A Wellingtonian couple solves an affordability problem with a modest footprint.
When Andrew Simpson (above) and Krysty Peebles began looking for a home, all their budget would allow was an abode in a far-flung suburb. But they didn’t like the idea of moving too far from the centre of town, and most of the homes out there were three-bedroom family pads with a whole lot of extra space they didn’t feel they needed. So they purchased a steep-and-cheap section in Island Bay and started making plans. The couple had previously lived in a 40-square-metre apartment so “we knew we could live in small spaces,” says Simpson.
They also knew that the smaller their home, the more affordable it would be. Andrew, who runs Wiredog Architecture, had worked for a summer in Japan as a student and encountered the prototypical Nine Tsubo House, designed in 1952 by Makoto Masuzawa (a single ‘tsubo’ is a square made up of two tatami mats; nine of them together form an area of 50 square metres). The application of Masuzawa’s principles simplified the design of Simpson’s Wellington home, which features a kitchen, living area and bathroom downstairs, and a sleeping area and study on the mezzanine floor above. “It gets pretty cosy with a crowd,” Simpson says – they’ve had as many as 12 friends over for dinner simultaneously – “but what’s interesting about this place is that while it’s small, it’s so open the rooms don’t feel it. None of it feels poky.”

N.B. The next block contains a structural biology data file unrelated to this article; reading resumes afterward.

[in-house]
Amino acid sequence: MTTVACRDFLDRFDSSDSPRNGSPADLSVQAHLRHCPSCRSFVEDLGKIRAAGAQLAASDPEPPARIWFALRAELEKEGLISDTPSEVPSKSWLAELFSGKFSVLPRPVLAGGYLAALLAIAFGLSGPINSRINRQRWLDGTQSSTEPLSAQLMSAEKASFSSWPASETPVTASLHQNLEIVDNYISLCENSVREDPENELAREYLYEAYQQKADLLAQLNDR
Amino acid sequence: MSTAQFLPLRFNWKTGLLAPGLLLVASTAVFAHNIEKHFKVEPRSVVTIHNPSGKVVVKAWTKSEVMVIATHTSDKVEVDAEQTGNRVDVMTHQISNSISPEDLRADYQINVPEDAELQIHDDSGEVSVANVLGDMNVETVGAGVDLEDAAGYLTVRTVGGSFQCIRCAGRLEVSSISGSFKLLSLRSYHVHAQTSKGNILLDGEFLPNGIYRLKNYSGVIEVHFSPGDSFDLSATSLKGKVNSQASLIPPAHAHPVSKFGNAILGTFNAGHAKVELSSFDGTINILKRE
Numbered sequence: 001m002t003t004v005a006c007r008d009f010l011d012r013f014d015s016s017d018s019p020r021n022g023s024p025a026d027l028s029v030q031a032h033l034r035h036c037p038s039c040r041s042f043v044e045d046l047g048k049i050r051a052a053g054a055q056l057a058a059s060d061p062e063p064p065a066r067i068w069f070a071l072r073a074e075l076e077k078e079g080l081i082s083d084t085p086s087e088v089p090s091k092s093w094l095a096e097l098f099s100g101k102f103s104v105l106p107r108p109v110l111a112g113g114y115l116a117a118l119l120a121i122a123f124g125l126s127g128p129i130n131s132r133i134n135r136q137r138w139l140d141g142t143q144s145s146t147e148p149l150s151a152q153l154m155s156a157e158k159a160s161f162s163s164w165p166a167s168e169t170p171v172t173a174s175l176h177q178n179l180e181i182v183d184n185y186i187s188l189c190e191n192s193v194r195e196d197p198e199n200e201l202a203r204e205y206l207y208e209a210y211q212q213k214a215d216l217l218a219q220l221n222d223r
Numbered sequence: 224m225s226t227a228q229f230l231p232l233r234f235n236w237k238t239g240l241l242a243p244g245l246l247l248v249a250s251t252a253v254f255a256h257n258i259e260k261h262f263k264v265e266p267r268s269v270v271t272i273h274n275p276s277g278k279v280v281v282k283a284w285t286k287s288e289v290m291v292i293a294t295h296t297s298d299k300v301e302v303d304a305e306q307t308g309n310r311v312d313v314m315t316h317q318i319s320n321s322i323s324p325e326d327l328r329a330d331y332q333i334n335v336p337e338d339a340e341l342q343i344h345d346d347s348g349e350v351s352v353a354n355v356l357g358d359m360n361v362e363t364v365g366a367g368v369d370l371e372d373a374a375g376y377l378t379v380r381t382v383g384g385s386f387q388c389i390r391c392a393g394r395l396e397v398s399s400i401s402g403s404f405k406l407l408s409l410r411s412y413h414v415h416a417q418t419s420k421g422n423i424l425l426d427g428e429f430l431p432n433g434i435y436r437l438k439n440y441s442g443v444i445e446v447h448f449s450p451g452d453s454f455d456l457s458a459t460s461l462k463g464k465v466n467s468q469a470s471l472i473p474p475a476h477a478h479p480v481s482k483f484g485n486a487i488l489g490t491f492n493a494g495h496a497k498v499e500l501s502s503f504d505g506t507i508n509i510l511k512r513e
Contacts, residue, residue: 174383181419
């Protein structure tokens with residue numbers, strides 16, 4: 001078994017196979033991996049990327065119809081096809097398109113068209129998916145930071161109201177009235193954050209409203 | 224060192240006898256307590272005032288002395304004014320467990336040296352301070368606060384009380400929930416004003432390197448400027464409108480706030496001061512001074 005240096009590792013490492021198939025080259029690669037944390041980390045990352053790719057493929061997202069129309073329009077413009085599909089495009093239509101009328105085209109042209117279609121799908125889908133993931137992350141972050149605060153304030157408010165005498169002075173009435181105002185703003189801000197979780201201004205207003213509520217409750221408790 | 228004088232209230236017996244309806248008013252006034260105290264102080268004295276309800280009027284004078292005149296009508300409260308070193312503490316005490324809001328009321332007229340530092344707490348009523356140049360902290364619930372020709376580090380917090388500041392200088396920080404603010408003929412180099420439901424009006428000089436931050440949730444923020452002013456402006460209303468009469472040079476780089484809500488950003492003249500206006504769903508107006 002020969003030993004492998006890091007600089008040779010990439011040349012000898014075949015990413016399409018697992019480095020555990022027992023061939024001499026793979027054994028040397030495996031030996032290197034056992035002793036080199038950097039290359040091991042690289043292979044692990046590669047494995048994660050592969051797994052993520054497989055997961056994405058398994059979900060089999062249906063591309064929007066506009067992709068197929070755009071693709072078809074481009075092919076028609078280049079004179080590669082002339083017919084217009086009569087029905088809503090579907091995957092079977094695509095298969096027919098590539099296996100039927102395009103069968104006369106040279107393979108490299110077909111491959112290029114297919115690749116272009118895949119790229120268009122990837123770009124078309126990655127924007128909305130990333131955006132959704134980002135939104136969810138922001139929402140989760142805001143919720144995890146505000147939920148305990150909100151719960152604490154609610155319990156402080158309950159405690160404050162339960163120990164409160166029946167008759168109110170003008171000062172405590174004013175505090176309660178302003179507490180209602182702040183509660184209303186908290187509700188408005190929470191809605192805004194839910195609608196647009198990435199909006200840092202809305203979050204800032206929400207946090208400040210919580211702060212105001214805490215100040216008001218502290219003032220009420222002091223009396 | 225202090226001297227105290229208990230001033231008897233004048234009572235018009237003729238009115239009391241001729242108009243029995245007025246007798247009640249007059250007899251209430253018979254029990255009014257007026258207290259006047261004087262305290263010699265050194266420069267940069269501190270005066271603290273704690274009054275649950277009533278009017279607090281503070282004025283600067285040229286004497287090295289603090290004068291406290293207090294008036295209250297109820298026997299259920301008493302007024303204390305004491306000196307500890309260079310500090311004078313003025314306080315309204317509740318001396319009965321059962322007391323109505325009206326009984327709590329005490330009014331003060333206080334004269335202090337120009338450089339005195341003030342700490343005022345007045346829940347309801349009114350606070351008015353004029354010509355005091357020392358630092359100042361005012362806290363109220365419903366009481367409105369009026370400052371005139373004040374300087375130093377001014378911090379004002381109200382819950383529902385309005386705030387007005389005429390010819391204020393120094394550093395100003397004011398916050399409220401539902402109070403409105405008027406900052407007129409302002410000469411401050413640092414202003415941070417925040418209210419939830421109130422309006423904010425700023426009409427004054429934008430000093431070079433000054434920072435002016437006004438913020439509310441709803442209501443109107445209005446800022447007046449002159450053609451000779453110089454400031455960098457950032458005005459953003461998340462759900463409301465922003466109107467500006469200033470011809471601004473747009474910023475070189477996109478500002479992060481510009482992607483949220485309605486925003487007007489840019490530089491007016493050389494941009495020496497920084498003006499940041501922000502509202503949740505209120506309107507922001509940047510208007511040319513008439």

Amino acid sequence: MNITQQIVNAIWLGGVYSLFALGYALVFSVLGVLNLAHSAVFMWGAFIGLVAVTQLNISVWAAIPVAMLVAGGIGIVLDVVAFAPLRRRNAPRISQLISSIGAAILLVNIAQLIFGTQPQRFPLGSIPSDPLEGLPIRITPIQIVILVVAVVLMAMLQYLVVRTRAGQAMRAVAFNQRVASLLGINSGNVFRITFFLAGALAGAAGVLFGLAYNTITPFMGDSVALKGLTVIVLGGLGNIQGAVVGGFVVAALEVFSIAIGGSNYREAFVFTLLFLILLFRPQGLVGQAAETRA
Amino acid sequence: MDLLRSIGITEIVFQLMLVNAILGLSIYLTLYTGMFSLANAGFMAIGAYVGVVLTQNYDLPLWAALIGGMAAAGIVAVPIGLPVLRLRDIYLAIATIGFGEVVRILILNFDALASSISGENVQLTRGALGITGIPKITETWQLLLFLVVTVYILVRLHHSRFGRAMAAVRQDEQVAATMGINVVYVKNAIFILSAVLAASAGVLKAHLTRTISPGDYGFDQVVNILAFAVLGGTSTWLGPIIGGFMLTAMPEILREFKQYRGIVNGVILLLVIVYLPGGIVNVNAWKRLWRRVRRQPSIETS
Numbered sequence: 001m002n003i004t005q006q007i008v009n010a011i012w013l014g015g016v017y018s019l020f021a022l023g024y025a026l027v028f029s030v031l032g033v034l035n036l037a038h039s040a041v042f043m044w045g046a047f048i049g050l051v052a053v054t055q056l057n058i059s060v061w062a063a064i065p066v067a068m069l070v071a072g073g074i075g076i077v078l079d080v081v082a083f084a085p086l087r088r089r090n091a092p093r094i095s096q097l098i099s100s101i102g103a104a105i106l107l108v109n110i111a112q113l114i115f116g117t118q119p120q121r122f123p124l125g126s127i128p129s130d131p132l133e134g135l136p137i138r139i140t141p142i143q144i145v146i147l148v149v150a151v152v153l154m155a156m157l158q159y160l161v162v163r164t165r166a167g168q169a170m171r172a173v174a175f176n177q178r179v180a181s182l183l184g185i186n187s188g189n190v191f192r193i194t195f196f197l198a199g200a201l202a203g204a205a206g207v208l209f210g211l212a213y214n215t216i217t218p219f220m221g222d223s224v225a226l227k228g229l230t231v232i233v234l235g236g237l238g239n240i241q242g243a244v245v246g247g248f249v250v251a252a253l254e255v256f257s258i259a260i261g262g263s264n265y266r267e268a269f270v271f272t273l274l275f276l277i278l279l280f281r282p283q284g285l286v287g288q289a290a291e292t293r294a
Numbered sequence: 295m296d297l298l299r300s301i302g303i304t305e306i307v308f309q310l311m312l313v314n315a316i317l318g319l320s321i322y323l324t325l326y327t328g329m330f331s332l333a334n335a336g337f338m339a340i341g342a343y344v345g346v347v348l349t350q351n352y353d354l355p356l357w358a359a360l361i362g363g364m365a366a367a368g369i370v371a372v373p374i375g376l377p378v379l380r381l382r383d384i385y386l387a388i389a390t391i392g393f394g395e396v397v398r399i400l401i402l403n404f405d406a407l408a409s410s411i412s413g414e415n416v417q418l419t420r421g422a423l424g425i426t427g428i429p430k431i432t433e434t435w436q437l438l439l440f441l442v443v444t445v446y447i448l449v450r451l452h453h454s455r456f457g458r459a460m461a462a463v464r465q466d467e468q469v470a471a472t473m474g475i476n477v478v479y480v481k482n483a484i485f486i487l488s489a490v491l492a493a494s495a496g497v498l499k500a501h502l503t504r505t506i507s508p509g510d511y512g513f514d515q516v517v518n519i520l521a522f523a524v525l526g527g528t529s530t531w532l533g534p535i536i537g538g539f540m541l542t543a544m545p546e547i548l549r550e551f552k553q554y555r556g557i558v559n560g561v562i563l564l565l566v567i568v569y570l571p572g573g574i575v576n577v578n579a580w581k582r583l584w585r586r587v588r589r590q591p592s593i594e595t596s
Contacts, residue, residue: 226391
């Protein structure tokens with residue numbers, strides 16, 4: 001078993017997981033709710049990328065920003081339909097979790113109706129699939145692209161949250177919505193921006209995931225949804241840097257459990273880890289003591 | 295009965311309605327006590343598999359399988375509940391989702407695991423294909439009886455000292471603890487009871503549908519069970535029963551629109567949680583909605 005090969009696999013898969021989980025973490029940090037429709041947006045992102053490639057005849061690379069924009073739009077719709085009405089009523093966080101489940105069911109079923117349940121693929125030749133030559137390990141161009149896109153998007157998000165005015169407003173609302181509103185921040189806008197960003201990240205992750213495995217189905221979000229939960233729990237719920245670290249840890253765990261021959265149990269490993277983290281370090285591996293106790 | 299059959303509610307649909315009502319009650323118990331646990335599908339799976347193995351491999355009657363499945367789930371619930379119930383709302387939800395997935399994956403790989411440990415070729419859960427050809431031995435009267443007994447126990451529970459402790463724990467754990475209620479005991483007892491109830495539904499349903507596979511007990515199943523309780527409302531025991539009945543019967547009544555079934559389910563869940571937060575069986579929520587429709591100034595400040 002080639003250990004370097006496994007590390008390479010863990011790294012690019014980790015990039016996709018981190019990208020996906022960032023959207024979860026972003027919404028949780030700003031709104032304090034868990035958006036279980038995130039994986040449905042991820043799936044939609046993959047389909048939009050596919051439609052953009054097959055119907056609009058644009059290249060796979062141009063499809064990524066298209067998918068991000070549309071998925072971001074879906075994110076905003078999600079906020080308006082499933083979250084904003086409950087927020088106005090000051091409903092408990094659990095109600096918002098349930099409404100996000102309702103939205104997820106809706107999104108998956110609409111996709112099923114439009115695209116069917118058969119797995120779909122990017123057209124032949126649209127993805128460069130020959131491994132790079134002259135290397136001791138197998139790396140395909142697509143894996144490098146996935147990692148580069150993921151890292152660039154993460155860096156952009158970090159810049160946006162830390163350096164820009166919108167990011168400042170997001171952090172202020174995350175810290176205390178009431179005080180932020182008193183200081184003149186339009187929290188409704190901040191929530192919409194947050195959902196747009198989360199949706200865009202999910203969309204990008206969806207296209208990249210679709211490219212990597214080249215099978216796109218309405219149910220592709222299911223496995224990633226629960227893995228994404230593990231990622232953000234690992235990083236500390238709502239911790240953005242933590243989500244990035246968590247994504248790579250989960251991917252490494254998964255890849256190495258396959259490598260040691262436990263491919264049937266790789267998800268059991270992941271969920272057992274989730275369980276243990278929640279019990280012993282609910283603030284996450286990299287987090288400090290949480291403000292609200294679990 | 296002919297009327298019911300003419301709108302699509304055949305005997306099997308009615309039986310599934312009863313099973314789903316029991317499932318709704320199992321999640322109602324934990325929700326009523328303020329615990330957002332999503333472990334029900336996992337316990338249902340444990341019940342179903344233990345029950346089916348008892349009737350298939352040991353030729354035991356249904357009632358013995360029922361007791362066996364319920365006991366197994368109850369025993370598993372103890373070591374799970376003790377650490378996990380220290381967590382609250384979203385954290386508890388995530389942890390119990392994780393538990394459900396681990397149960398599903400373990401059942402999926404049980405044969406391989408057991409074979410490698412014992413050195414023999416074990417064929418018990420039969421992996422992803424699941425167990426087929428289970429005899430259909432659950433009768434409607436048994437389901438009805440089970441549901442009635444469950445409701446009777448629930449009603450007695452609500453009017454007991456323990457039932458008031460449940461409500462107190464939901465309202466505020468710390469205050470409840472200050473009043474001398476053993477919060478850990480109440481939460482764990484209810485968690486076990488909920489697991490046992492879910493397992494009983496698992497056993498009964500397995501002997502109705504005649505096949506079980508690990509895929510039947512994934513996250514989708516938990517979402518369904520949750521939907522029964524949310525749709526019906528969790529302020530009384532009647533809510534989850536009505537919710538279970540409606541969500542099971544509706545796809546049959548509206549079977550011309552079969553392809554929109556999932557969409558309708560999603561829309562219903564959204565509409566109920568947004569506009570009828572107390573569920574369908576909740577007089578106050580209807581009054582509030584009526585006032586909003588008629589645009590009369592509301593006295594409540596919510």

Small home: Island Bay House, Wellington
Designer: Andrew Simpson, Wiredog Architecture
Floor area: 50m2
Number of Occupants: Two (plus two whippets)
Photography: Paul McCredie